Headaches can be triggered by any number of factors, including lack of sleep or food, anxiety, or even medications. But when the pain in your head won't go away, try these remedies, specific to the type you're expecting.
Symptoms: Pain on both sides of your head. These are the most common type — affecting 70 percent of men — and are usually triggered by extreme stress or neck strain.
Treatment: Over-the-counter drugs are usually all that's needed (aspirin, ibuprofen, acetaminophen). But you may also find relief with a massage to loosen tight neck muscles.
Prevention: Sit up straight at work. Sitting hunched over your desk all day can set it off, especially if you're under stress. Keeping tension headaches at bay may be as simple as a quick walk outside away from the tumult of the office.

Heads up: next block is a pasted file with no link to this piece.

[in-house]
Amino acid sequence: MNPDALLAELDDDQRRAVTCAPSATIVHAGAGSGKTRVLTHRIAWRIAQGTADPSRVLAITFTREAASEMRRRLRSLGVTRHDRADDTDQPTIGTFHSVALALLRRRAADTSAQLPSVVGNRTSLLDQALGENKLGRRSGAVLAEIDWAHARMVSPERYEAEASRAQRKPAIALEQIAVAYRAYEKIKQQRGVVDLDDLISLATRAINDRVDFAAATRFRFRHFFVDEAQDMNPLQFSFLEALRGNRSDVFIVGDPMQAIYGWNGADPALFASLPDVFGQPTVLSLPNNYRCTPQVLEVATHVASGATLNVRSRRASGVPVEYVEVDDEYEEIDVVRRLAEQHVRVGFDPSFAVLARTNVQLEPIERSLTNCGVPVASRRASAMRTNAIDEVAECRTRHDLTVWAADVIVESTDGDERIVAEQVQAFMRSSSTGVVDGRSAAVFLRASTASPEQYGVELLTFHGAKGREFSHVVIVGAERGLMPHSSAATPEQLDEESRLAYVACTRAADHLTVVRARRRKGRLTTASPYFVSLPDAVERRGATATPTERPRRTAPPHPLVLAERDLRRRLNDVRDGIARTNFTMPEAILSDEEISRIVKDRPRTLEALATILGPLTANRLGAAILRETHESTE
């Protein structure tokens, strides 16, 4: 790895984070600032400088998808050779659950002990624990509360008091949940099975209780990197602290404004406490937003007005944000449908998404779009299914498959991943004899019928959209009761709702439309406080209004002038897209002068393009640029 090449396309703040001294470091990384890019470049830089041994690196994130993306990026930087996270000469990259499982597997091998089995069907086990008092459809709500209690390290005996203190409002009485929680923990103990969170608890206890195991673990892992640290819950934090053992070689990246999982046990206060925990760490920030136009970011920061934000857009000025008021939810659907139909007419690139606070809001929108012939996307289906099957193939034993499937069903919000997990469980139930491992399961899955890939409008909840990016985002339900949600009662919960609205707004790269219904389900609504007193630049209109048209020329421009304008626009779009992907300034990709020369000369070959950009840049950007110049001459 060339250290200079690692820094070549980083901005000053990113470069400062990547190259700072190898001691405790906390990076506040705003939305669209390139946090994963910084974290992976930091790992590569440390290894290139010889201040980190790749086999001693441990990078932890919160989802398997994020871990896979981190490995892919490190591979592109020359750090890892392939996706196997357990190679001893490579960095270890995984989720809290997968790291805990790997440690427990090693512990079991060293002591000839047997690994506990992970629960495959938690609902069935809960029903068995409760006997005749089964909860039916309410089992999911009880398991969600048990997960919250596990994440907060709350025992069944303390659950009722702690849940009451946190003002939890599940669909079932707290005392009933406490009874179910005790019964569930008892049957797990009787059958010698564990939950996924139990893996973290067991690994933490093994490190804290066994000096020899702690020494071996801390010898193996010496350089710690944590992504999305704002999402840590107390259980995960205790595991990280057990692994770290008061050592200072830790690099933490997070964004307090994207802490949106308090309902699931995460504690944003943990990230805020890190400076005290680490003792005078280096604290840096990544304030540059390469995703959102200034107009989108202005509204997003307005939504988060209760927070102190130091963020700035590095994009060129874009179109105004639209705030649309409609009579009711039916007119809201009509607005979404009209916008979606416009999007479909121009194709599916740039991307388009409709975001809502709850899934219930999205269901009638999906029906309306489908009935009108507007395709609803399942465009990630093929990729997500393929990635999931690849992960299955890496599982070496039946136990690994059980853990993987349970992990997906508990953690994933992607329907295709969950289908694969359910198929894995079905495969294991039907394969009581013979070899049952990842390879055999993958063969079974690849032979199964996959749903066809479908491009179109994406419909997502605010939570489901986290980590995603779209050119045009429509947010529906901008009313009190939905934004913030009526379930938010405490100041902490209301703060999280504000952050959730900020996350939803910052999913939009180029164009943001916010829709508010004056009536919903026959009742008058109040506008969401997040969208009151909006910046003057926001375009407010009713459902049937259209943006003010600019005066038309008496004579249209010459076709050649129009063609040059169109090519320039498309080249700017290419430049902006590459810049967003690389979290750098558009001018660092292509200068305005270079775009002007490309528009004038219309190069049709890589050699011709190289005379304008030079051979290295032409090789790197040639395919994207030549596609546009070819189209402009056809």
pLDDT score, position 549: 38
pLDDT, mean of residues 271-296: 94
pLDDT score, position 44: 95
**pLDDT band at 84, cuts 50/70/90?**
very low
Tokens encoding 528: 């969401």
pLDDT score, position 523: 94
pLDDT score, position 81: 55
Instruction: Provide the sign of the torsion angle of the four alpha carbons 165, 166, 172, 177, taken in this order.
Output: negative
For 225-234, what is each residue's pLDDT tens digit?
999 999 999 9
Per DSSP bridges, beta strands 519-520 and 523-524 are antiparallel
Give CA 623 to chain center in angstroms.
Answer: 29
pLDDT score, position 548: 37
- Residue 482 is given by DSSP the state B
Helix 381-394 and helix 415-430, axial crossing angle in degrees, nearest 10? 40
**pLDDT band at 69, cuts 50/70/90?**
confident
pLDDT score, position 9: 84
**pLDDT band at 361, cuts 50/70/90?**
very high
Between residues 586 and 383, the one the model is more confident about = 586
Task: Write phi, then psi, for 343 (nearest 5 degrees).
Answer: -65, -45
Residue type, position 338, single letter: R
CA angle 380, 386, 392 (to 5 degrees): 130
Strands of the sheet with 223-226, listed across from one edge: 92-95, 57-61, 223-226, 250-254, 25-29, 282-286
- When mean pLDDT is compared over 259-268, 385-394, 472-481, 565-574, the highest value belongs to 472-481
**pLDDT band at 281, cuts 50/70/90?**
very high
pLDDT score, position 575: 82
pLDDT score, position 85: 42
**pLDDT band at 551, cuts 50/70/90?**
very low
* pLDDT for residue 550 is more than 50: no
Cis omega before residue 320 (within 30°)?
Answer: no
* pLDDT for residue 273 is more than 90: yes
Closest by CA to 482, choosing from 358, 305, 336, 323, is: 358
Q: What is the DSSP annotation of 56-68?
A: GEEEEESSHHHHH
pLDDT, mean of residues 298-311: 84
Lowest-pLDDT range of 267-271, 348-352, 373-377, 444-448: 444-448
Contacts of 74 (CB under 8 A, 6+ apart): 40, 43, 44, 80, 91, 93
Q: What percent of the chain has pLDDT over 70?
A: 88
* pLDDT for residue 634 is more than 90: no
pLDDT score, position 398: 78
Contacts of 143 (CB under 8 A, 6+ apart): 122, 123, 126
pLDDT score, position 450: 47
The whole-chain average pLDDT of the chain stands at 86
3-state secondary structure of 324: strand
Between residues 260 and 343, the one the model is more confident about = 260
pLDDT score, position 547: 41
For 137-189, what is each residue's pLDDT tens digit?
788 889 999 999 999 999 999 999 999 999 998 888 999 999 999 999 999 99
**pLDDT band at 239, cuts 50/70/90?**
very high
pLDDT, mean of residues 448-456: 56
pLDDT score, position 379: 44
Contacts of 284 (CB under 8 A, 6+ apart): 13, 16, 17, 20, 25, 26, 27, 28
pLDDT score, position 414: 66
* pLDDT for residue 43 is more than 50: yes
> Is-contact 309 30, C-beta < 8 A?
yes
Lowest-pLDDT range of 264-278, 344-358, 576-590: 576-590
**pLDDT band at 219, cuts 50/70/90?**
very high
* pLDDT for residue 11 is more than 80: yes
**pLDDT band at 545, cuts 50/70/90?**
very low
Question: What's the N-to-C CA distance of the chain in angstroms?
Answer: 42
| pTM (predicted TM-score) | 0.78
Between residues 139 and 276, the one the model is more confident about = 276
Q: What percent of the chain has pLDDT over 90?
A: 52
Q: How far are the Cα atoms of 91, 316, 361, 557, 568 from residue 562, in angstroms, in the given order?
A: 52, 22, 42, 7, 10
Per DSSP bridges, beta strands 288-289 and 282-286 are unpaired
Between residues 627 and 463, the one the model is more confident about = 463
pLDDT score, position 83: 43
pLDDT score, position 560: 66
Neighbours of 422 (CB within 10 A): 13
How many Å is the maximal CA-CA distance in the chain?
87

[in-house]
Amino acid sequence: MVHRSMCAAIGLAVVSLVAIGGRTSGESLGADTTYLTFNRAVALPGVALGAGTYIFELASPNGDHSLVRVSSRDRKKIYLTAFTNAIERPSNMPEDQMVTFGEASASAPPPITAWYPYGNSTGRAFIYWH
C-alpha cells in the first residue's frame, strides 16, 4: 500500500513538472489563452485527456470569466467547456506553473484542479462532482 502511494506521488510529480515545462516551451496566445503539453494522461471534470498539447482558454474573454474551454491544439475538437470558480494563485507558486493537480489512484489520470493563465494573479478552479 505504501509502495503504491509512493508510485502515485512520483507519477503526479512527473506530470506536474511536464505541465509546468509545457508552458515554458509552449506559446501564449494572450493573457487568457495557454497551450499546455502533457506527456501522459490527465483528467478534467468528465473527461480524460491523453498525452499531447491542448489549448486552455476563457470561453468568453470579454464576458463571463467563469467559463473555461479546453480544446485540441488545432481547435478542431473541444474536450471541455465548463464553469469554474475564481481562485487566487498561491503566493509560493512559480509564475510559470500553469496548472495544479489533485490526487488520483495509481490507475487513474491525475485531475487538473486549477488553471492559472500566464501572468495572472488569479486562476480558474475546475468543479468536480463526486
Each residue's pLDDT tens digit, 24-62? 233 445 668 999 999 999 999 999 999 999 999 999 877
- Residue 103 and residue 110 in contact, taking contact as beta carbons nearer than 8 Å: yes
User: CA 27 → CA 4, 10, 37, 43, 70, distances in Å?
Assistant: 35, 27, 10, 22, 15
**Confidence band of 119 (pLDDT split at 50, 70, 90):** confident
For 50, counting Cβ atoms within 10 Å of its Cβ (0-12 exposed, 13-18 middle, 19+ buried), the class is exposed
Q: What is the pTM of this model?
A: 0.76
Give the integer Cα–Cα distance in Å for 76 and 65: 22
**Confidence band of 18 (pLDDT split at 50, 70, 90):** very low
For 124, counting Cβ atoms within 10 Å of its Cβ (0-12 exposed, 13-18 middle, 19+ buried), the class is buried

Symptoms: Intense, throbbing pain, usually on one side of your head, accompanied by nausea and/or sensitivity to light or sound. Not fun. It's uncommon for men in their 20s or over to start developing migraines, so if you've never had one before, that pain is probably something different.
Treatment: Prescription meds such as sumatriptan are most helpful. So is rest in a quiet, dark room.
Prevention: Identify and eliminate your triggers (the most common are red wine, cheese, and caffeine). Regular exercise has also been shown to reduce frequency and severity.
Symptoms: A sharp pain behind one eye that strikes suddenly, and goes away just as quickly. The headaches come in groups — or clusters — and can reoccur for days or months. Cluster headaches are rare, affecting less than 1% of adult, but men in their 20s are more likely to get them.
Treatment: Oxygen therapy has been shown to help alleviate the pain. You also may want to get checked for sleep apnea — up to 80% of cluster headache sufferers also have the condition, and treating one may help eliminate the other.
Prevention: They are hard to predict, but there are several drugs, including Sansert (methysergide maleate), that your doc may recommend as a preventive measure.